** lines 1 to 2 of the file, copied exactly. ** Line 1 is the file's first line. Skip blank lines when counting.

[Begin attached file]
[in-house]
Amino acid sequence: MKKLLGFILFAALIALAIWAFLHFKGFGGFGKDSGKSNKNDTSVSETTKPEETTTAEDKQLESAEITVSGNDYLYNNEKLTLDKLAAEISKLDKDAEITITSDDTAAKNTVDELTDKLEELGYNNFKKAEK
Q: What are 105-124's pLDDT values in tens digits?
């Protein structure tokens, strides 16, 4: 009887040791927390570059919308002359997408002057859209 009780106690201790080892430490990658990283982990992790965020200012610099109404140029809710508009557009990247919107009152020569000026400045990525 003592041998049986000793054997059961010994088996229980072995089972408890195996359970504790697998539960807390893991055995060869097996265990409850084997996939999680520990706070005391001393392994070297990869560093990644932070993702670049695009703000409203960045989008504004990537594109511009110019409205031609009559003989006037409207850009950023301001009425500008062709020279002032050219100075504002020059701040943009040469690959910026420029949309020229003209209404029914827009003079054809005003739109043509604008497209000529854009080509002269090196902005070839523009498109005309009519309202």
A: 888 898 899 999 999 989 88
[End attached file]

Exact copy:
[in-house]
Amino acid sequence: MKKLLGFILFAALIALAIWAFLHFKGFGGFGKDSGKSNKNDTSVSETTKPEETTTAEDKQLESAEITVSGNDYLYNNEKLTLDKLAAEISKLDKDAEITITSDDTAAKNTVDELTDKLEELGYNNFKKAEK